Student Voice


March 2, 2024



UWRF professor, family climb Grand Tetons together

November 4, 2011

This past summer Faye Perkins, 50, a health and human performance professor at the University went on a much awaited trip up the Grand Teton Mountains in Wyoming with her two sons Nick and Bobby Perkins-Mcintosh, nephew Nick Perkins, and a friend’s 16-year-old son, John Casady.

“I’ve been planning this for 16 years,” said Perkins. In 1995, Perkins, her husband, and a brother and sister-in-law decided to climb the Grand Tetons. “Part of this trip was planned because my brother died in 1987 and my brother, before he died, was a backpacker and mountain climber so we buried his ashes in Grand Teton National Park. This has always been a family pilgrimage; it is a very special place for our family,” said Perkins.

Perkins worked out and trained a long time for this trip, she ended up climbing and making it to the lower saddle of the mountain, but when she got to the lower saddle she ended up getting high altitude sickness. Everyone else made it, but for her the trip was over. “Ever since then I always said that I would go back and I will do this,” said Perkins.

Perkins’ oldest son Paul, who was seven at the time, told his mom that the next time she tried to climb the mountains he was going to go with to help her. The guidelines said that he had to be 16 so she had to wait until he was old enough. By the time her son was old enough to go, her other son Bobby, wanted to go as well, so she had to wait for him to get old enough for him to go.

“We were going to do it in 2009 but I tore a meniscus in my knee and ended up having to have surgery so then we couldn’t do it in 2009.” This same year, her son Paul started a Facebook group called “Operation get Faye Perkins to the top of the Grand Tetons,” a group created to encourage his mom to follow through with her goal. Through this group she got the encouragement and support that she needed to keep on with her goal.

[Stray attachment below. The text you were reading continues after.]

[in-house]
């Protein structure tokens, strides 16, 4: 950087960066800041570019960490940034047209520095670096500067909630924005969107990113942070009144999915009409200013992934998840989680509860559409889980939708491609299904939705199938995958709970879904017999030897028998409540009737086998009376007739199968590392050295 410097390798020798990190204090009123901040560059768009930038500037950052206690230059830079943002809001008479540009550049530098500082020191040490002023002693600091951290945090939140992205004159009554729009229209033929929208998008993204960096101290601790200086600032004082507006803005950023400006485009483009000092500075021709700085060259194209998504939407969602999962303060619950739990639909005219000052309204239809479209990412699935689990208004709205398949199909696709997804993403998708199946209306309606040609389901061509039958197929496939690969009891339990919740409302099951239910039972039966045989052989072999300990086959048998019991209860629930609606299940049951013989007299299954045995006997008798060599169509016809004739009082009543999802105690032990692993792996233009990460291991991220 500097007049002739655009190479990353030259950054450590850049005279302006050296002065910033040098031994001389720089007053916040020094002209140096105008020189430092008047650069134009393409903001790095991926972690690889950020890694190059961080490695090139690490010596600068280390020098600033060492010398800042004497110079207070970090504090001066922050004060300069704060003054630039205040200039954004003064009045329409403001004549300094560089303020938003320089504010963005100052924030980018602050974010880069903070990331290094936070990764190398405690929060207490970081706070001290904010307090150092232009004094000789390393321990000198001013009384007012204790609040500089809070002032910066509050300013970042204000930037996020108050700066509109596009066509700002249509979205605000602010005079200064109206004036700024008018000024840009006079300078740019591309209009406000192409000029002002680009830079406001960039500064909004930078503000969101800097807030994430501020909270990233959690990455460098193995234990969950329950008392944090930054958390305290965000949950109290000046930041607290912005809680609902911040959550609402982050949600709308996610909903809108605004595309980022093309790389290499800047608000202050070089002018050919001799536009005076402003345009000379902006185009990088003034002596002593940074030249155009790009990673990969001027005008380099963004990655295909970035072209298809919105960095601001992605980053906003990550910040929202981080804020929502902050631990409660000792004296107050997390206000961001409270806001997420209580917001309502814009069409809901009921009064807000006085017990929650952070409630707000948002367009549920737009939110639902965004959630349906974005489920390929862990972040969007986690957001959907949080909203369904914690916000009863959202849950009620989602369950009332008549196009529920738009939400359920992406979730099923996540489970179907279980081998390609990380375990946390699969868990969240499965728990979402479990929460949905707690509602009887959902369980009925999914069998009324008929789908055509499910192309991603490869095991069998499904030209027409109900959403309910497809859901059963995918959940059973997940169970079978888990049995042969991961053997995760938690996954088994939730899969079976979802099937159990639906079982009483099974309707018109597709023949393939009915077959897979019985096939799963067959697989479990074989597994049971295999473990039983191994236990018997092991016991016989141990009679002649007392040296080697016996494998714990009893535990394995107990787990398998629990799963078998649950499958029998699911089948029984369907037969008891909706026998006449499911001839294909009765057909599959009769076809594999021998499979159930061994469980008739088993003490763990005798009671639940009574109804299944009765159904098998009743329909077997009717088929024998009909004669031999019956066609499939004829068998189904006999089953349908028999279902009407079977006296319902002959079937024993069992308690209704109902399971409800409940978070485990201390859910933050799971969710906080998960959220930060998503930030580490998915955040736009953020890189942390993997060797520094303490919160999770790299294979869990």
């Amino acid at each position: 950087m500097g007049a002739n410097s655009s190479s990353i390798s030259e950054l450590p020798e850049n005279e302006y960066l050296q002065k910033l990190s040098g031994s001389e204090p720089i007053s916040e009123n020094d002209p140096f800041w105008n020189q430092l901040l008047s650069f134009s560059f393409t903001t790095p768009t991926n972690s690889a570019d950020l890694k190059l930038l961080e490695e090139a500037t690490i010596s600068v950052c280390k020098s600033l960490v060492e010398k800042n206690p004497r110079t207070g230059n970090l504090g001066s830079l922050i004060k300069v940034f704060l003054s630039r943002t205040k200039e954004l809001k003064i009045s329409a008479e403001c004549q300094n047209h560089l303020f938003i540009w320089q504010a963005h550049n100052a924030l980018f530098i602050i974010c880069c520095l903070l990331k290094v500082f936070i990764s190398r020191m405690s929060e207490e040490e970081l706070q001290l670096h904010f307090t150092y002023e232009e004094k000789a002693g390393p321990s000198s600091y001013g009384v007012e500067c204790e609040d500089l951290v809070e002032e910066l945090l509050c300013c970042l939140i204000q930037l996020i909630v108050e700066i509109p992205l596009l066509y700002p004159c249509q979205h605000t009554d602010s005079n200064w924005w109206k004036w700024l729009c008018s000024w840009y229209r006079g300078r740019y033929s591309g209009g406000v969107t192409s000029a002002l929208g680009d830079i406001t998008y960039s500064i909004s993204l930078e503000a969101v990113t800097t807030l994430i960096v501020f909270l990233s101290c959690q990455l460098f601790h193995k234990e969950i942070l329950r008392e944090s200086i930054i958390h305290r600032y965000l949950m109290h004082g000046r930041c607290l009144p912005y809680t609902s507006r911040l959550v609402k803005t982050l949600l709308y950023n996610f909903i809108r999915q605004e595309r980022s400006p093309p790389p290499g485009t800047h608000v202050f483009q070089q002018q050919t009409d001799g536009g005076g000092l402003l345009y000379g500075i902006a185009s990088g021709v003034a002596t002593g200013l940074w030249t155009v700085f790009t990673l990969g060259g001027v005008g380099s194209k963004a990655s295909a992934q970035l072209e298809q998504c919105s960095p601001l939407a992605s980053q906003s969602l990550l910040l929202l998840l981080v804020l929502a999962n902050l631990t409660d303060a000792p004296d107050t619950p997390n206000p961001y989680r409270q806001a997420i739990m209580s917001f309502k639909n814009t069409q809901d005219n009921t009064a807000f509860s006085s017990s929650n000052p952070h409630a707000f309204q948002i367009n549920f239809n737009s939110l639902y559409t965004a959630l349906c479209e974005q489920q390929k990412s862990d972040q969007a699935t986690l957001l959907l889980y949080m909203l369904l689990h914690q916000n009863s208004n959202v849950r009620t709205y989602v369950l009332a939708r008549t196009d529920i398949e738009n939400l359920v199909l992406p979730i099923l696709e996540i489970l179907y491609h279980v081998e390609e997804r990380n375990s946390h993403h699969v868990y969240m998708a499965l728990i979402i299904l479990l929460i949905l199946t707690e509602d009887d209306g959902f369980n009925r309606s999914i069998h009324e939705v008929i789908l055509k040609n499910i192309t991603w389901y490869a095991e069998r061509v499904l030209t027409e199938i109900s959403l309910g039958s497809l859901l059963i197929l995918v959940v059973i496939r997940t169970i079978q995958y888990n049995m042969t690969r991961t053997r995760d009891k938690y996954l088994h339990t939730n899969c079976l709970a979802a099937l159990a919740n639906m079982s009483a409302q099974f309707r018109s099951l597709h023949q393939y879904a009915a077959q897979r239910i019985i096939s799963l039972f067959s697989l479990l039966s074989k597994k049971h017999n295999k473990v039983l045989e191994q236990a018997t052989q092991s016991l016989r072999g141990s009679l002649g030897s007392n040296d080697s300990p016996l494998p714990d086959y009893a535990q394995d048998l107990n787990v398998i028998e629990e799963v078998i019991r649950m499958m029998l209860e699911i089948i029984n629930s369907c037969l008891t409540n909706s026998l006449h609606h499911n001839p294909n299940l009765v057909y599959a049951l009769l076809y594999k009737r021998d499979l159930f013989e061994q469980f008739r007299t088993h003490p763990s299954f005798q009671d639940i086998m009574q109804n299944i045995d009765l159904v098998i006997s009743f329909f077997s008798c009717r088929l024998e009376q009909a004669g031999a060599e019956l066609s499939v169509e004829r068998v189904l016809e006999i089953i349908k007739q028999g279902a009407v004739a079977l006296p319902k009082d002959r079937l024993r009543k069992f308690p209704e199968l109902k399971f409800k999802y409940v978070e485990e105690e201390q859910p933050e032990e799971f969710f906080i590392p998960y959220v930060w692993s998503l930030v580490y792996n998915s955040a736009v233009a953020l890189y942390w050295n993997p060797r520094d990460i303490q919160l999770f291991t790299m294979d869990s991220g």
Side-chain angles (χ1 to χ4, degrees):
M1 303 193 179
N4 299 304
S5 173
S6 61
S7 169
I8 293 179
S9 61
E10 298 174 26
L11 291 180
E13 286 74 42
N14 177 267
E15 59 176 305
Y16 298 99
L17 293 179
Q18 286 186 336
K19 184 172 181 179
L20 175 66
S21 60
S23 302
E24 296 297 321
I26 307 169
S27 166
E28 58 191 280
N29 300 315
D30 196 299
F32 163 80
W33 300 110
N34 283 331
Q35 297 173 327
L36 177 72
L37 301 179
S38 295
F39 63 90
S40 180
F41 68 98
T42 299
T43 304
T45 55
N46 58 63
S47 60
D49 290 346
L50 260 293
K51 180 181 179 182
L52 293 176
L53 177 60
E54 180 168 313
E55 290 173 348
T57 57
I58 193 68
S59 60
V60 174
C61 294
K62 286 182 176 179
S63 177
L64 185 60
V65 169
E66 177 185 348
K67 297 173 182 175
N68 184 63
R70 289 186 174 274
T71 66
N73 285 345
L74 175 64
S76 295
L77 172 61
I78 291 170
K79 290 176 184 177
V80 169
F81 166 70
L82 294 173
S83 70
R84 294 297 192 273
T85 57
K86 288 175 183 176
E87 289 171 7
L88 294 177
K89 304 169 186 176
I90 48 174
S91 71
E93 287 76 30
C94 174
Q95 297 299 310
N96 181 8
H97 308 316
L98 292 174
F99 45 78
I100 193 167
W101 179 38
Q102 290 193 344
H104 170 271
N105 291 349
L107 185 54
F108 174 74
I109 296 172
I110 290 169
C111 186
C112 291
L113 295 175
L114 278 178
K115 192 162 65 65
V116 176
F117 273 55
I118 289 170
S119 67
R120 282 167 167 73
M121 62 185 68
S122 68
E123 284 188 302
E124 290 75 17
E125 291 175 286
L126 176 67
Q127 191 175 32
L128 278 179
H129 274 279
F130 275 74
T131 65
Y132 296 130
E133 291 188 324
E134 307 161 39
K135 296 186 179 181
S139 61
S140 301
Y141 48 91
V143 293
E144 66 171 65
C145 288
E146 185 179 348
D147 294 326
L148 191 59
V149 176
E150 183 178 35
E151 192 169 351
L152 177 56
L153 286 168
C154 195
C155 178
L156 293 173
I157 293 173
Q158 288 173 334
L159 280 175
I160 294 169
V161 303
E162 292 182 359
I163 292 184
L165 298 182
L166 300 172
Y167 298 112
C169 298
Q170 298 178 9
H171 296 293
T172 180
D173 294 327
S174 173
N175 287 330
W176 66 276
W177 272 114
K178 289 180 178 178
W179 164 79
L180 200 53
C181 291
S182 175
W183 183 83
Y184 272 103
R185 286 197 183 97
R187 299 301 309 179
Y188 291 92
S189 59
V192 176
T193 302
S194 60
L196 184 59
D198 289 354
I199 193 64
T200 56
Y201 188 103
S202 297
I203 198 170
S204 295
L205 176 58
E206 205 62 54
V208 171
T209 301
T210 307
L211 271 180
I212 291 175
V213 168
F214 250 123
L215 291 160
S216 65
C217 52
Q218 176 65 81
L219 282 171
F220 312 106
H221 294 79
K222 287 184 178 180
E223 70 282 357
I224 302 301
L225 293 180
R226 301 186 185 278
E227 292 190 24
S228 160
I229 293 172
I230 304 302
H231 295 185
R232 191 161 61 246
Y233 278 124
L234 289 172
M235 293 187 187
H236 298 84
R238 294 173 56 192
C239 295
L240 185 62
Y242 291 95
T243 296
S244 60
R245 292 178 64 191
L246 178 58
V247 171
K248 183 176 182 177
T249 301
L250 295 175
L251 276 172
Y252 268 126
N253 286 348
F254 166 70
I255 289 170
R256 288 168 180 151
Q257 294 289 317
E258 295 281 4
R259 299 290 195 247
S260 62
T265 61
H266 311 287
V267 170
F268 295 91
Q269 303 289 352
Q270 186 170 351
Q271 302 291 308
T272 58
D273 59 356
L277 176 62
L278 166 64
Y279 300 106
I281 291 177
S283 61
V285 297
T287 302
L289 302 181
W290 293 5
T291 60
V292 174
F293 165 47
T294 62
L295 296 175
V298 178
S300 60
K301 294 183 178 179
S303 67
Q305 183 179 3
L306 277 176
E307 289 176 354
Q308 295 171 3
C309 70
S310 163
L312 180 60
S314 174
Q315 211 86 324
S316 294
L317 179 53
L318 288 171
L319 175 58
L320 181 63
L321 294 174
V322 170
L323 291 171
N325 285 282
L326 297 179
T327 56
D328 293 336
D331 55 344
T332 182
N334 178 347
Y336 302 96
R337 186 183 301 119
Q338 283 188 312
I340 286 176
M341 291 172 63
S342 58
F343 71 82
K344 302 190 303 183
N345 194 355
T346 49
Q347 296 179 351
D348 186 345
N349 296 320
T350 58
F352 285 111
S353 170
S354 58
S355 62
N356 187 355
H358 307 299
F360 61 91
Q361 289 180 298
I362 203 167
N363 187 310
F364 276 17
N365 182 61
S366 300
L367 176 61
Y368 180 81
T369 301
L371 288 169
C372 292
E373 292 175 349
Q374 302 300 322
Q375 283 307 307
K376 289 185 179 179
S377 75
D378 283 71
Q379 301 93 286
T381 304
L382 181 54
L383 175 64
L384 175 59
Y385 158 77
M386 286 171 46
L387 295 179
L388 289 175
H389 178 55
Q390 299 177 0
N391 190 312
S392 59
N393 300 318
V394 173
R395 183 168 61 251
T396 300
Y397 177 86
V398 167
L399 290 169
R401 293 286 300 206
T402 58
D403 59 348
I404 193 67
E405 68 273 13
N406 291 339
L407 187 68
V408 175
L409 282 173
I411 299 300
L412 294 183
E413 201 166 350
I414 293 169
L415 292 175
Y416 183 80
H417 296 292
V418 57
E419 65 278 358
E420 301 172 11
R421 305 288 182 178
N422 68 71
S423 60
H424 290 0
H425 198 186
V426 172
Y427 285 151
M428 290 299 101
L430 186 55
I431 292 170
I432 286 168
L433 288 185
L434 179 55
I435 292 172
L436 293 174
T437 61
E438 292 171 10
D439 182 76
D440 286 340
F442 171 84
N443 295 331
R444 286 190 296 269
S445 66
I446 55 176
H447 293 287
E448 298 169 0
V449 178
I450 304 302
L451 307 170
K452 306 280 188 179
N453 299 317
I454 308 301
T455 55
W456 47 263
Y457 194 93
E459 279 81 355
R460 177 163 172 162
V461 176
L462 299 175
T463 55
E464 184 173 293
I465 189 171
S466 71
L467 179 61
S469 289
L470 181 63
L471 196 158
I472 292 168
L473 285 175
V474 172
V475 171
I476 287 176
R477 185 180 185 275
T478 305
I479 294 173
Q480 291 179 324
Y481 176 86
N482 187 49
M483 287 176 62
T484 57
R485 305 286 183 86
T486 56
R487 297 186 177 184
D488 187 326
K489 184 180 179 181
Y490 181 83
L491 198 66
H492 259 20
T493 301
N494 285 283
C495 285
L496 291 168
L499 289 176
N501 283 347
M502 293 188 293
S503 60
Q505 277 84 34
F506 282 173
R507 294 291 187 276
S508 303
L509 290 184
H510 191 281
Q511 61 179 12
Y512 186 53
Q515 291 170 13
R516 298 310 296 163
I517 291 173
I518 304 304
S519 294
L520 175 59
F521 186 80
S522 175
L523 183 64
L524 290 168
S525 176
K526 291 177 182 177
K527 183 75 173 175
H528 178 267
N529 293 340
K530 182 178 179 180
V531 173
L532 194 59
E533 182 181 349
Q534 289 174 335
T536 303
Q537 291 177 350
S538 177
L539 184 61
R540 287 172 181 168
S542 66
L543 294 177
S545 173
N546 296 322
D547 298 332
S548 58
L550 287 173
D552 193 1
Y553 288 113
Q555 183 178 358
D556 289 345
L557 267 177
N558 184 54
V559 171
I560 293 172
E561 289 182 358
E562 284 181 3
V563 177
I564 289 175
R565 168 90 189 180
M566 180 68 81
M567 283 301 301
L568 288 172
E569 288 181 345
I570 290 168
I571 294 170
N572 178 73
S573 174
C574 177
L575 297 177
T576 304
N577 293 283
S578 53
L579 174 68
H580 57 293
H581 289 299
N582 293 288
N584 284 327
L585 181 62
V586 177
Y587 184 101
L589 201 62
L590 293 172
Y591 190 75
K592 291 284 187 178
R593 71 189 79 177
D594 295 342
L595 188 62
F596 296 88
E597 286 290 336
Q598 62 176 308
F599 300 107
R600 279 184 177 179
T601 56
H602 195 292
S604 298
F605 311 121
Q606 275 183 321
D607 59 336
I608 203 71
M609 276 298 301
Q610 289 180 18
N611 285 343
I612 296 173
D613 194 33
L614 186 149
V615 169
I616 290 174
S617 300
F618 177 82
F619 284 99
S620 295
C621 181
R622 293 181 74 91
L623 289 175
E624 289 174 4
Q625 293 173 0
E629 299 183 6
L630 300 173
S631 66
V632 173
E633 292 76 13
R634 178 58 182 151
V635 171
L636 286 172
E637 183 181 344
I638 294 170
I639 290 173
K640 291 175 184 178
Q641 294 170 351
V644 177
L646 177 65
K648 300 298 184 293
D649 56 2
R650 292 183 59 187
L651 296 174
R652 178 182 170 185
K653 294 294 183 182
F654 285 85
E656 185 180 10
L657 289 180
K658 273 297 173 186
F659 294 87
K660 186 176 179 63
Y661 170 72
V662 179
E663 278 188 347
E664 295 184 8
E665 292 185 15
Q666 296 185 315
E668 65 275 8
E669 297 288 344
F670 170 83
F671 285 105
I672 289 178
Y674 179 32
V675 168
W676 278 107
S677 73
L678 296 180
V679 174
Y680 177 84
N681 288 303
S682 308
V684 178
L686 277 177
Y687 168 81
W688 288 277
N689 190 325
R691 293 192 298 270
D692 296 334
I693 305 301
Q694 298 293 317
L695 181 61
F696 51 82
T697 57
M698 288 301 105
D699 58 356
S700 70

“In 2010 we were going to do it but my youngest son Bobby was in Germany,” said Perkins.

Finally, in the summer of 2011, Perkins got the opportunity to once again try to conquer the mountain. “The first day we had to do a full day of rock climbing to make sure that everybody was able to do what was needed to do while rock climbing,” said Perkins. The next day, with the supervision of a guide, the group got packed up and ready to climb the mountain.

A lot of the climb was very treacherous. The first day the group started at 10 a.m. and got to the lower saddle at 6 p.m. where they stayed the night. It was eight hours of climbing up boulders, rough debris and going across some ice fields. “This was not easy. There were several times when I would think, ‘What am I doing?’” said Perkins. The group got up at 4 a.m. the next day, and with headlamps on, hiked for five hours until they got to the top of the mountain. They had to climb through areas with thousandfoot drops, so they really had to trust the people who they were with.

“From the top of the Grand Tetons you could see Lake Solitude where my brother’s ashes were. It was a very emotional trip,” said Perkins. “It is one of those defining moments in my life. When I am 90-years-old and look back at my life, this is one of the things that I will be really proud of.”

Perkins has no plans to slow down. “My question after climbing was, ‘What’s next?’” Perkins is planning this summer to attend the Registers Annual Great Bike Ride Across Iowa with her sons.


Patty Gleeson on 09 Nov 2011: I was very emotional just reading your article. It has so many redeeming qualities--just climbing to the top is an accomplishment, but the fact that you had the support of your sons, waited till they came of age, and in honor of your brother all combined had a huge impact. We often let opportunities pass us up, then look back and say I wish I had......I am inspired to seize the moment, live in the present and especially contribute to the causes I believe in both at the local level and globally. Life is not centered on oneself. It is about all of us being connected.